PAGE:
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When No Doesn't Necessarily Mean No

Opinion polls. It seems like there's nothing we like more than opinion polls. There are dozens of them. And often they have disparate results. One poll says Obama's approval rating is 52 percent, another says it's 45 percent. Both can't be right. Chances are that neither is.

The bad thing about polls, and poll results is that so much depends on how you ask the question and what the respondent thinks the question is asking.

Let's take that Obama approval rating. as of today, Gallup says it's 46 percent approval, 45 percent disapproval. What does that mean?

Too many seem to think that it means 45 percent would rather have a Republican in the White House. But the question is "Do you approve of the job Barack Obama is doing as President?" (or something close to that).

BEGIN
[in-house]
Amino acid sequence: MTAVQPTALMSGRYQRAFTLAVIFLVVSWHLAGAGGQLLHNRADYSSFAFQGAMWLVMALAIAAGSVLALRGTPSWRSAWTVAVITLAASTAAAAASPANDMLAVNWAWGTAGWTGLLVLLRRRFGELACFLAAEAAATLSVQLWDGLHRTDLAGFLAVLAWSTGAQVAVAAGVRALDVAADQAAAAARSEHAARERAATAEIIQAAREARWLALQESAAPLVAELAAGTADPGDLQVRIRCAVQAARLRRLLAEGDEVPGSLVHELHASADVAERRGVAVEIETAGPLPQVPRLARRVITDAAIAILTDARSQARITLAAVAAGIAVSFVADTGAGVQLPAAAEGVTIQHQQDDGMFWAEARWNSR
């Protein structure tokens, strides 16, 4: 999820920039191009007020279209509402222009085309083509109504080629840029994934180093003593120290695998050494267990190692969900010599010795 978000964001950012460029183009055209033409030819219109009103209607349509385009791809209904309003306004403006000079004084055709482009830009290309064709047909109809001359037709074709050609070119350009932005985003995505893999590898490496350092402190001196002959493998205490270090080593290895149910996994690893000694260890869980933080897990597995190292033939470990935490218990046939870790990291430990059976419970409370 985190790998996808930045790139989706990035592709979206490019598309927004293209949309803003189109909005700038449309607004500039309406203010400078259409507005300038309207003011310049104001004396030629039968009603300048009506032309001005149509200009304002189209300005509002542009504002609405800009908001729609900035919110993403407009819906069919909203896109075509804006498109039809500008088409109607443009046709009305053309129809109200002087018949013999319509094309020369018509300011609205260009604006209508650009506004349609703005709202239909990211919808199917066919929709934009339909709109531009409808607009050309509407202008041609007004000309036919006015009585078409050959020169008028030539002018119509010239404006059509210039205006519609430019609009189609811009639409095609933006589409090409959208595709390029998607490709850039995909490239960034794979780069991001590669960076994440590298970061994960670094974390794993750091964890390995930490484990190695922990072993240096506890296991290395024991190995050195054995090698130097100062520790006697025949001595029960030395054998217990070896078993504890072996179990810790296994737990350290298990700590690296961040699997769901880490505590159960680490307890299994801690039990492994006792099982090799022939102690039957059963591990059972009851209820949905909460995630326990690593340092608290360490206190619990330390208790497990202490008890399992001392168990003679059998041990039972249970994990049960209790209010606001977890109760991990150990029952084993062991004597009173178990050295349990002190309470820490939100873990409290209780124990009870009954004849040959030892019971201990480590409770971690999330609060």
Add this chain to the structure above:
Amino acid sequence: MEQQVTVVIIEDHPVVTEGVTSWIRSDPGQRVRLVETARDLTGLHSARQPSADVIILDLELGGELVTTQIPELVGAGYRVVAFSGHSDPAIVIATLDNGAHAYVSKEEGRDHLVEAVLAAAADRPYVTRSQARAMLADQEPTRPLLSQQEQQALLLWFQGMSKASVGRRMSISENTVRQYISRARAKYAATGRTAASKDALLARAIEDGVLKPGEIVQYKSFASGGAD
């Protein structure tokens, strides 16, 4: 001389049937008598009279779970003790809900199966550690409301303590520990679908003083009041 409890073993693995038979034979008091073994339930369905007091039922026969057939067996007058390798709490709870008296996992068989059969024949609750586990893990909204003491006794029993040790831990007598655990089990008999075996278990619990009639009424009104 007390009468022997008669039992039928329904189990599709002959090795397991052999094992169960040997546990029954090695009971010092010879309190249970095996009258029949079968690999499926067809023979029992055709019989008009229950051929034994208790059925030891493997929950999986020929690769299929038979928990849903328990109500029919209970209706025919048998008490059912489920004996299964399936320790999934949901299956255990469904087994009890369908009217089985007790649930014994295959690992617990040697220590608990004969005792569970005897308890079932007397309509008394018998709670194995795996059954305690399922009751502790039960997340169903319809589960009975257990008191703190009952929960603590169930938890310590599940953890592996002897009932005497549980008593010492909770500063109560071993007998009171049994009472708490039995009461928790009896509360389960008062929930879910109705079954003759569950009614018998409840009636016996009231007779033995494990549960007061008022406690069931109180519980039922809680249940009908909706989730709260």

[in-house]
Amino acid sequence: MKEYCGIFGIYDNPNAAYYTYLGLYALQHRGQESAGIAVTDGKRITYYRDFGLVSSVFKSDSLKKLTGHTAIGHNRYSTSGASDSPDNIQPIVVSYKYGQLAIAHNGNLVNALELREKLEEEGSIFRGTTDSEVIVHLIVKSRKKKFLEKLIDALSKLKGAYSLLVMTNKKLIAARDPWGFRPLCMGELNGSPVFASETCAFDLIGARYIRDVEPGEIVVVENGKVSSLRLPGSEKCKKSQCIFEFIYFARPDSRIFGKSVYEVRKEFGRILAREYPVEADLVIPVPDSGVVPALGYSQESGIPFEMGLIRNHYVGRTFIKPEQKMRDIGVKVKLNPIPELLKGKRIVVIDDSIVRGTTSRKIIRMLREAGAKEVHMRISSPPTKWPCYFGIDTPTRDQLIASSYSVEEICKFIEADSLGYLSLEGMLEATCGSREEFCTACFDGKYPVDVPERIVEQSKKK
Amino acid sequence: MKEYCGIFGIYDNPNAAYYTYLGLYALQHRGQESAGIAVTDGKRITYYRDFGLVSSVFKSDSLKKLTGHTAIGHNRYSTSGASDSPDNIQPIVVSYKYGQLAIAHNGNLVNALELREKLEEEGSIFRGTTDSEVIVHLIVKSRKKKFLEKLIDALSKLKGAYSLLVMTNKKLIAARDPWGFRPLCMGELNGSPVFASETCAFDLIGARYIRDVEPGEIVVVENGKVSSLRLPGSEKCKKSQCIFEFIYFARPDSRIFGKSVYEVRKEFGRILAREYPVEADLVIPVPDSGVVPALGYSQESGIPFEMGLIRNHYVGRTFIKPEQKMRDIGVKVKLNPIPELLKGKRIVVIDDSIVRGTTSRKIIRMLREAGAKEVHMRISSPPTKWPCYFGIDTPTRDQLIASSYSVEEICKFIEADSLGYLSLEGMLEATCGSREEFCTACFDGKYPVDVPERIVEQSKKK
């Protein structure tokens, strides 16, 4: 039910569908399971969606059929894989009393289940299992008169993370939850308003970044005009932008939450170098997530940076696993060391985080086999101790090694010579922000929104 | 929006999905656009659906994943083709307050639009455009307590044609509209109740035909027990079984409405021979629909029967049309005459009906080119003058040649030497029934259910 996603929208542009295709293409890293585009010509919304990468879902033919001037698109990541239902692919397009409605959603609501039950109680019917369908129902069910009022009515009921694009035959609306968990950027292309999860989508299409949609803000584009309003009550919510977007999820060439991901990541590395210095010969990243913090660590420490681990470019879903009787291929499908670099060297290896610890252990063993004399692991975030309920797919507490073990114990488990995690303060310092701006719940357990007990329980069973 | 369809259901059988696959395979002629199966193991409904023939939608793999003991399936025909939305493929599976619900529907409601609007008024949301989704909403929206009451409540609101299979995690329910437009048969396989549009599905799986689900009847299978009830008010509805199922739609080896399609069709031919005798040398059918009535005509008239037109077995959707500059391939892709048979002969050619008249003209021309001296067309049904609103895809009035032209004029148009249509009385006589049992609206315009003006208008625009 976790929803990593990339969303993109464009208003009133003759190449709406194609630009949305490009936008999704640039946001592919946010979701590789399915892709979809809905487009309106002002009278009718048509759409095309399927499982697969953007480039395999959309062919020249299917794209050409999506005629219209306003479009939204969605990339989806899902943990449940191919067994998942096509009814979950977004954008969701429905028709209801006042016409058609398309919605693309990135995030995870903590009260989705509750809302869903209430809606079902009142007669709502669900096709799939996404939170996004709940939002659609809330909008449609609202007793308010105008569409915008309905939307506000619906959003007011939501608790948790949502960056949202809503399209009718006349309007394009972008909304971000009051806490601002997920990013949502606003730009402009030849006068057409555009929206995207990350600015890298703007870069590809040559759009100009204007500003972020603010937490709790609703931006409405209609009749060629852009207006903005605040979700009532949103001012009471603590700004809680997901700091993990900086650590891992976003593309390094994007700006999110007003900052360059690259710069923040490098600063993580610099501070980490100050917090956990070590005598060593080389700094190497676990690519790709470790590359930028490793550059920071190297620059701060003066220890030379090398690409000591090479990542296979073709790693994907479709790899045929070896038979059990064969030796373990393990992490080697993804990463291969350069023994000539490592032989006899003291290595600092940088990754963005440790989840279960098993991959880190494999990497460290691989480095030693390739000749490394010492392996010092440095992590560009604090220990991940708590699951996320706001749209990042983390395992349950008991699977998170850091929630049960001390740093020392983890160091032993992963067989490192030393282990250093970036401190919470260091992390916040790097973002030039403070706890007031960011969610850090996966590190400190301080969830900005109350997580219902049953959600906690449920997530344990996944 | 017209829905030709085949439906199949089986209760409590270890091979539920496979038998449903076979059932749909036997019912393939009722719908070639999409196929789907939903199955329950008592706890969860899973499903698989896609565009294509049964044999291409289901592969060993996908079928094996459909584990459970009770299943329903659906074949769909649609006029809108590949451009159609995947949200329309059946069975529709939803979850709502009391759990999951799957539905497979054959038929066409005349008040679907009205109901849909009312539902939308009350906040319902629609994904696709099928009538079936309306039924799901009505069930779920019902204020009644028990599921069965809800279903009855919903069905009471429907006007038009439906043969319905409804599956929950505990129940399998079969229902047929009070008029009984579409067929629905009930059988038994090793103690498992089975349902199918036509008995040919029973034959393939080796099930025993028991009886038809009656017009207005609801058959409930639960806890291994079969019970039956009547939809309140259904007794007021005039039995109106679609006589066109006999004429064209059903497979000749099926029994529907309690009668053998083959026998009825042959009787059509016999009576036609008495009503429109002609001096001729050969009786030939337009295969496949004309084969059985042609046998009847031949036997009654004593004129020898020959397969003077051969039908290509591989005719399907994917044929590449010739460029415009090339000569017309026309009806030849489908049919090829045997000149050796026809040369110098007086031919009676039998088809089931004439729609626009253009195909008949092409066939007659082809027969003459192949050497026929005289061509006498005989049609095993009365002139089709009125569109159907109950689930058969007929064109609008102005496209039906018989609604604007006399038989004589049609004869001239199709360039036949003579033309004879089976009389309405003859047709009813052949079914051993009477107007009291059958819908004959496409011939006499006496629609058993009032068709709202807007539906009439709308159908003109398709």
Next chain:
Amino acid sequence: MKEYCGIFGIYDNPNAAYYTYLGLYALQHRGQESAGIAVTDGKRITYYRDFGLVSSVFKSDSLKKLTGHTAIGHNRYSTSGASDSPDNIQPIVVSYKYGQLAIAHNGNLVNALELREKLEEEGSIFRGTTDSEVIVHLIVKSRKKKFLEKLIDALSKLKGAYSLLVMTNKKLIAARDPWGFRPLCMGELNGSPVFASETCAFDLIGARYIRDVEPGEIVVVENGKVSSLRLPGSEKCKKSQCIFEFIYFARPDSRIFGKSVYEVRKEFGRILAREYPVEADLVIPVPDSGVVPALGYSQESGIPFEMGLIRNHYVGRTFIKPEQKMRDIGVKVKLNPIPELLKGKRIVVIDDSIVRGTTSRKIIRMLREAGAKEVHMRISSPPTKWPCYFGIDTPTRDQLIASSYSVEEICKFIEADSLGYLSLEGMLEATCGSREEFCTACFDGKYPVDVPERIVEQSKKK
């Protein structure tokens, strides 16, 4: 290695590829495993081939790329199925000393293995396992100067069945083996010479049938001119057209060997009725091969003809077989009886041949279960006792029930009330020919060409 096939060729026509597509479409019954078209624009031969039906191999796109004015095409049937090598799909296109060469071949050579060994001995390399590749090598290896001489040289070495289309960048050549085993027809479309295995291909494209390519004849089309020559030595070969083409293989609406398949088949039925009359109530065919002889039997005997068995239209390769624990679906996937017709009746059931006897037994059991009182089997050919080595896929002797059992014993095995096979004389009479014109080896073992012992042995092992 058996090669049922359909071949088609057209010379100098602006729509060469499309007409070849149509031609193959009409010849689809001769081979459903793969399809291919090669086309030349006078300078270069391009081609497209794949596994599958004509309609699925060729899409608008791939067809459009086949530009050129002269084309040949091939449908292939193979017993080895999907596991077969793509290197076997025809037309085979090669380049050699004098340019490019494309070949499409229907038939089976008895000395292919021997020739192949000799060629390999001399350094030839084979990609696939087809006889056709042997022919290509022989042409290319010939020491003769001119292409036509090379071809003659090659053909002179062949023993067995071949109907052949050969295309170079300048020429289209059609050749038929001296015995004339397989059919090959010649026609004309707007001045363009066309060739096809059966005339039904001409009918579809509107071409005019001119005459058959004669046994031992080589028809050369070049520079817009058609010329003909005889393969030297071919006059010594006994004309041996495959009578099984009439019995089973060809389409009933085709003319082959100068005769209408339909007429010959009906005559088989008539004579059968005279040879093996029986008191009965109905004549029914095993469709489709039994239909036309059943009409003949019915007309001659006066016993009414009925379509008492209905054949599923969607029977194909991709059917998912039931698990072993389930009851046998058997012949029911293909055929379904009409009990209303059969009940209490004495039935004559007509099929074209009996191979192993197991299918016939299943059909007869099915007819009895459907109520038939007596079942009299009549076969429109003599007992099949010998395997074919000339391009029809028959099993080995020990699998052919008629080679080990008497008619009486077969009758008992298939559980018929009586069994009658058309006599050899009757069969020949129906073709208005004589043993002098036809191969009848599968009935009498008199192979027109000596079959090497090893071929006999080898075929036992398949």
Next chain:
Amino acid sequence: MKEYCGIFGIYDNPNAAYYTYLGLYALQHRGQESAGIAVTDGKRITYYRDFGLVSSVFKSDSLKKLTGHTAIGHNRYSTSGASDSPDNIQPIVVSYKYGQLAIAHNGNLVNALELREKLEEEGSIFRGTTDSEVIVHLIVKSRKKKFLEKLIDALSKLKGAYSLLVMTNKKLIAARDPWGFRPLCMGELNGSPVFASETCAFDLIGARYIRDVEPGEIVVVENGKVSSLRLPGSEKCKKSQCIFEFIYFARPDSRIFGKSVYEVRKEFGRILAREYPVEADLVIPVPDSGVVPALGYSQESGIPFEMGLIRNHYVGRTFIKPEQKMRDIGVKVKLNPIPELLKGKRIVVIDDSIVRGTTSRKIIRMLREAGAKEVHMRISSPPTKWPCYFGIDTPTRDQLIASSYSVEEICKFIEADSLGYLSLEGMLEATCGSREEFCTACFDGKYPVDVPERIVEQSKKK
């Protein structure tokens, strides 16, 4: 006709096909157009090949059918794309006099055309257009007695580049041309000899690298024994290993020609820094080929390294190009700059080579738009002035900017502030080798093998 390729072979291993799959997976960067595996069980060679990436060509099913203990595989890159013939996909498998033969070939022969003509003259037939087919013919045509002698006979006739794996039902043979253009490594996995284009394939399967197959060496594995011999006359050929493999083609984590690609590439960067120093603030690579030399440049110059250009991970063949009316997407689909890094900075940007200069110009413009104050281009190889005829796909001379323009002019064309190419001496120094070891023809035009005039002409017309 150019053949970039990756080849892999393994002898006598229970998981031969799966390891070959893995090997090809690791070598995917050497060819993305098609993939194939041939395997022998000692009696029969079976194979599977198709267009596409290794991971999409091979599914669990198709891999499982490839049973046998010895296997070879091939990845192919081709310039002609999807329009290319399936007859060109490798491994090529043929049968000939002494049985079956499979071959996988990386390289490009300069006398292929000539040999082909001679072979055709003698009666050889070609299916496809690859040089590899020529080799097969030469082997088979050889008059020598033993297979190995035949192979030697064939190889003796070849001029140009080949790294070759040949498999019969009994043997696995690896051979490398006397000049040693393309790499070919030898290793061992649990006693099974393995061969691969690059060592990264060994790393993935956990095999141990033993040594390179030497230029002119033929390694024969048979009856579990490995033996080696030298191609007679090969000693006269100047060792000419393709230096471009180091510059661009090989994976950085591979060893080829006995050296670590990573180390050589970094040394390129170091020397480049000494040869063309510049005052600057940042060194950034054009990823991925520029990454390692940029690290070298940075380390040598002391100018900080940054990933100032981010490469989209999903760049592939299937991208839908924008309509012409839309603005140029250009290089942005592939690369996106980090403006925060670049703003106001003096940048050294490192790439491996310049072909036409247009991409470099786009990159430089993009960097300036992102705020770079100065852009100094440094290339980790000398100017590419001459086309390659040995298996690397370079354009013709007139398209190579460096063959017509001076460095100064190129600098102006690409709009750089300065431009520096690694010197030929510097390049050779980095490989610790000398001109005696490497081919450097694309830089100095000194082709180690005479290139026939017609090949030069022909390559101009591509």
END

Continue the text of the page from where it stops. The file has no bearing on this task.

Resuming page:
Now some people might say "Yes. He could be doing better, but overall, yes." Others might respond "No. I think he's doing a bad job." While still others might say "No. I think he could be doing better."

Is that third response really disapproval? Maybe. Does it indicate opposition to an Obama second term? Certainly not.

I think these kinds of polls would be much more informative if they ranked approval on a scale. If they, for example, said on a scale of 1 to 10, how do you rate Obama's performance as President? My gut tells me that rating at present would in the 5-6 range, not the 4-5 range. I could easily be wrong. I just think that some of Obama's harshest critics are people who don't think he's going far enough rather than going too far.

In short, I don't think the way opinion polls results are reported is as reflective of actual opinion as they could be.

Peace. Out.

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Douche
notoriousbkc
notoriousbkc

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